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Table of Contents
- What is Company Liquidation?
- What are my options?
- Moving forward to liquidating a company
- How long does it take to liquidate my company?
- Can my company continue to trade whilst in Liquidation?
What is Company Liquidation?
Liquidation is the process your company faces if you have cash flow problems on a regular basis and creditors are threatening to take enforcement action against the company. A company liquidation process is appropriate when there is no prospect of selling the business or part of the business.
Here at The Insolvency Experts, we have helped a variety of clients around the UK to complete their company liquidation in the way which best protected their financial interests. If you are looking to liquidate a company and require expert advice on the best way to go about it, we would love to speak to you today. If you wish to open a company after liquidation then we can also help with ensuring you stick within all the guidelines out there.
Options for Liquidating a Limited Company?
The process of business liquidation, whether voluntary liquidation or compulsory, is primarily geared around the realisation of company assets for creditors. Depending on the specific situation, your ideal company liquidation process may vary slightly.
- Creditors’ Voluntary Liquidation – This company liquidation option takes place when a company is insolvent and no longer has the ability to pay liabilities or to continue trading. It is the directors duties to instruct an insolvency practioner, once the directors of the company have instructed an insolvency practitioner they commence a decision-making process to place the company into liquidation and appoint a liquidator.
- Member’s Voluntary Liquidation – This liquidation process is applicable when a company is still solvent and able to trade, yet the directors of the company wish to close the company down. This ensures that the process can be achieved professionally and in an orderly manner wherever possible. This could be due to the retirement of a director or shareholder, or when a family business has no one to succeed. Dependent on certain criteria, this process can potentially have significant tax advantages for shareholders.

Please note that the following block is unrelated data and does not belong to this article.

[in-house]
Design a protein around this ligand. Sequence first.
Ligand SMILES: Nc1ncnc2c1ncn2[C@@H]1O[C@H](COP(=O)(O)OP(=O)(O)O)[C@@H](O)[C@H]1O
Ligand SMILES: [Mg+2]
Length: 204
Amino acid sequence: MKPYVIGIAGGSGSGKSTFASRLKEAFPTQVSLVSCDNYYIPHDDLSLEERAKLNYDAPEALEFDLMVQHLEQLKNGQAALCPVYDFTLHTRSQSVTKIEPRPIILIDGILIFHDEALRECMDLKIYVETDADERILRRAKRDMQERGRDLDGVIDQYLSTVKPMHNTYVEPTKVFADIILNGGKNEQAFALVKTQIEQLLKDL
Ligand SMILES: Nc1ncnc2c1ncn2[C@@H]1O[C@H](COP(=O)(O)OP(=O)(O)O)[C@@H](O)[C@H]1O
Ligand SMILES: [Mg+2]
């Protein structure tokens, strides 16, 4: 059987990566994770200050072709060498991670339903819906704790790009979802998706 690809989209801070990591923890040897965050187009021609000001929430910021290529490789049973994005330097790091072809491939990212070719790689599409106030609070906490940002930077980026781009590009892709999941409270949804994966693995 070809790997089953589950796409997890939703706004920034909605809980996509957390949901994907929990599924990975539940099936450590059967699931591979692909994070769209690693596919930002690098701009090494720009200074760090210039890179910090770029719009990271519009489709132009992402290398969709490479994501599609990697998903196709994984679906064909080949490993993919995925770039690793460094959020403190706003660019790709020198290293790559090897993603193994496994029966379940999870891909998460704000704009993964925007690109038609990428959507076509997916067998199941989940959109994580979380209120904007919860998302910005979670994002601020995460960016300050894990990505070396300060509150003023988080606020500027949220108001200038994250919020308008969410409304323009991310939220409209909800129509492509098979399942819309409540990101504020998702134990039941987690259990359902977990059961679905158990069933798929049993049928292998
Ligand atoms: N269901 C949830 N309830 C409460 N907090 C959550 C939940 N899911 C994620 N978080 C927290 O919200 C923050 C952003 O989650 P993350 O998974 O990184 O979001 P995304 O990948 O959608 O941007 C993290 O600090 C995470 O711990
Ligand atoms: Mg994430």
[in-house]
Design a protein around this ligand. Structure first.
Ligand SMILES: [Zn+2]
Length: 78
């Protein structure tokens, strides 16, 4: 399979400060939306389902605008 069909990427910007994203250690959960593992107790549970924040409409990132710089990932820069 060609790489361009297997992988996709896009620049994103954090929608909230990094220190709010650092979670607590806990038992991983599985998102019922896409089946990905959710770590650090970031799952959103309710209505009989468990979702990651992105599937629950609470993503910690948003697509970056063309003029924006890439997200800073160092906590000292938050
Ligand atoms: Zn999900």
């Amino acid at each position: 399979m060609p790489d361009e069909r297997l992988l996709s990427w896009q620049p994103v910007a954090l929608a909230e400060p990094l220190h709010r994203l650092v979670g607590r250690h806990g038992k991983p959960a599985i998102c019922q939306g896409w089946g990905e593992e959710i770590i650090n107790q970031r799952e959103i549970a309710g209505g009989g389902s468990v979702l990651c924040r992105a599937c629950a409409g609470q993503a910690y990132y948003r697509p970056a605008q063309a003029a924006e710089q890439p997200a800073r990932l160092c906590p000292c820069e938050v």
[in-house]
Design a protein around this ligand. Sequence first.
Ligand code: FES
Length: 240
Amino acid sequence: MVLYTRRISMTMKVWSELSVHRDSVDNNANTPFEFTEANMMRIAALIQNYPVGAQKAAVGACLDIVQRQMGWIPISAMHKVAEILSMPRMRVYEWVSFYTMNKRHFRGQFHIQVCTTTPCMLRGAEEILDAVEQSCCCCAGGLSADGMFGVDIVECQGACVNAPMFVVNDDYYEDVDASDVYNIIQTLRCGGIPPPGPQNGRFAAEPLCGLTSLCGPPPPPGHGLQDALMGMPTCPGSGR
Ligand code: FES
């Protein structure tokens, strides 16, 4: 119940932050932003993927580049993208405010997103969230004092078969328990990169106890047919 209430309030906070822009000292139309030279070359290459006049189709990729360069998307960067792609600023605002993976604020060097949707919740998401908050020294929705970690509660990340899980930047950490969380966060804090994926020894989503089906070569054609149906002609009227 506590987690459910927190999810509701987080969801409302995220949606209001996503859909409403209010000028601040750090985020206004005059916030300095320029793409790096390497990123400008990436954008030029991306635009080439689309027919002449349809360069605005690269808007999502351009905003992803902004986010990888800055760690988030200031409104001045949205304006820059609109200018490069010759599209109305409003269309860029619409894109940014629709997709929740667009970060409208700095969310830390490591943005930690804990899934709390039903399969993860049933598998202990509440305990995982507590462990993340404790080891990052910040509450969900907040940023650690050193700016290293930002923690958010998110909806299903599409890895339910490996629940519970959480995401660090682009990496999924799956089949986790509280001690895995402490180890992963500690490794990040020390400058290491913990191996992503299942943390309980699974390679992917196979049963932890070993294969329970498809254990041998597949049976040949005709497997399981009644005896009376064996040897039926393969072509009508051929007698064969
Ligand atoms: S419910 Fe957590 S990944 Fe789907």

- Compulsory Liquidation – This form of liquidating a company involves the courts and happens when a winding-up petition has been issued by a creditor of an insolvent company, as a due debt has not been satisfied. The petition is subsequently heard at a winding-up hearing and a judge can make a Winding-Up Order to place the company into Compulsory Liquidation.
What are the Benefits of a Voluntary Company Liquidation?
By choosing to liquidate your company, you can benefit as a director. It prevents the creditors of the company from incurring more debt and ensures you, as a director, are less likely to be guilty of wrongful trading action being brought against you.
It is always useful to understand voluntary liquidation UK guidelines, as well as the benefits of voluntary liquidation in the UK. It may well be that for your company, choosing to liquidate a company in the ideal form is the best way to go. You should be aware that the process of company liquidation ensures that:
- Employees can submit redundancy pay claims through government schemes.
- Removes pressure from all creditors.
- Prevents further legal action being taken against you.
- Allows time for the realisation of company assets, ensuring that creditors receive the best possible return in terms of repayment of debt owed.
- Potentially allows the opportunity for directors and/or shareholders to purchase assets at fair value, if they can be used in another business going forward.
- Offers a complete, clean break for directors to move on from the company.
- As liquidator’s costs are paid once company assets are realised (providing assets are of sufficient value), there are no other fees directors are liable for.
Disadvantages of Liquidating a Limited Company